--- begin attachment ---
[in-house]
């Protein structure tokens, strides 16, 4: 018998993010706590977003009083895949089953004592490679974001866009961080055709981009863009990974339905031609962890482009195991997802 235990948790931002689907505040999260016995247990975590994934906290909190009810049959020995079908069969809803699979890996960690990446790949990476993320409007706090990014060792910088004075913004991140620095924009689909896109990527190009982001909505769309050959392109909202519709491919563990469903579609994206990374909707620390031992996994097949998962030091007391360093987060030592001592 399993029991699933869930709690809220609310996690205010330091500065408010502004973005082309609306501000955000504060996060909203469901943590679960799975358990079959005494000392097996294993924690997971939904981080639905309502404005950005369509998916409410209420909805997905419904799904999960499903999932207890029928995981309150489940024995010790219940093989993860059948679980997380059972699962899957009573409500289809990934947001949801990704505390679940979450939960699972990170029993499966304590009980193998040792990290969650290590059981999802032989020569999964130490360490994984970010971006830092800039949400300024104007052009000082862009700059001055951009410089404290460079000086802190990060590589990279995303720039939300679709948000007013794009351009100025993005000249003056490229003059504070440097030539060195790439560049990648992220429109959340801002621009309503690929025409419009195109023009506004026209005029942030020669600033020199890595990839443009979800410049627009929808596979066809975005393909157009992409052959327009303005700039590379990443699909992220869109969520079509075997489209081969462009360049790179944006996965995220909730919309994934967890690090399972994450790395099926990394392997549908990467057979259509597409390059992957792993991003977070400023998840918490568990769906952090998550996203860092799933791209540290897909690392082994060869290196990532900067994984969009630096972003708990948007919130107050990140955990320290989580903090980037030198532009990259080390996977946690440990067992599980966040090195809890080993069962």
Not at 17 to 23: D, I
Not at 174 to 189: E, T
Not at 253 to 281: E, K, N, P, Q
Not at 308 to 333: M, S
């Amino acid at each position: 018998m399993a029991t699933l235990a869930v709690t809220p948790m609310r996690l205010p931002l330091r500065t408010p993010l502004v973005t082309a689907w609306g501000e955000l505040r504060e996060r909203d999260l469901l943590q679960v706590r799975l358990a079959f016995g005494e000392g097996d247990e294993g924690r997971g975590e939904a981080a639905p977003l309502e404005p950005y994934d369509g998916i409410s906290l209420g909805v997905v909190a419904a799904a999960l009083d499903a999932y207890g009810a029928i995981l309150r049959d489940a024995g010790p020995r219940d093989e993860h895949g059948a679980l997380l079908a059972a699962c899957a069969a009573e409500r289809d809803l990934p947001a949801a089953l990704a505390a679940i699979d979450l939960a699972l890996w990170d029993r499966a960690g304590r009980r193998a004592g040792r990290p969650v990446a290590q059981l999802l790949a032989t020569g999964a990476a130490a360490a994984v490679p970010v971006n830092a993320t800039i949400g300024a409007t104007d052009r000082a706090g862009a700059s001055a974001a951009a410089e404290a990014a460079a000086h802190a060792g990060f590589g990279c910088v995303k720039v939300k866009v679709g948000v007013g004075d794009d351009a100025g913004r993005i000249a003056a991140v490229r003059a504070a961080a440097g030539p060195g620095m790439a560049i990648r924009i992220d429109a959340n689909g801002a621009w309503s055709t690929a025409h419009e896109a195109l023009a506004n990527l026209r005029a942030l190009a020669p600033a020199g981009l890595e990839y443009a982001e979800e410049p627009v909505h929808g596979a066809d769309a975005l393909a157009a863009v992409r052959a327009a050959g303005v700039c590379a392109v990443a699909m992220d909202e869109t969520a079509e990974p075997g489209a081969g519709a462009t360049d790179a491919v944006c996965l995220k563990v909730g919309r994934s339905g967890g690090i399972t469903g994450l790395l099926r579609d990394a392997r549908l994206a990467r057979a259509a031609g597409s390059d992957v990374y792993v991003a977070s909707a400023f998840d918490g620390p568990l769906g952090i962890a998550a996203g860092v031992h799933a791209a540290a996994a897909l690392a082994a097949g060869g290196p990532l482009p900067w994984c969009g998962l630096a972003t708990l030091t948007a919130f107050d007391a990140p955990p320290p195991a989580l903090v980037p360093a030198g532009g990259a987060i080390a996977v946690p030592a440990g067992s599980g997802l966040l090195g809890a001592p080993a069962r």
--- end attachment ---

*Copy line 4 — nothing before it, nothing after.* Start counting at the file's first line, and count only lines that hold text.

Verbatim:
Not at 174 to 189: E, T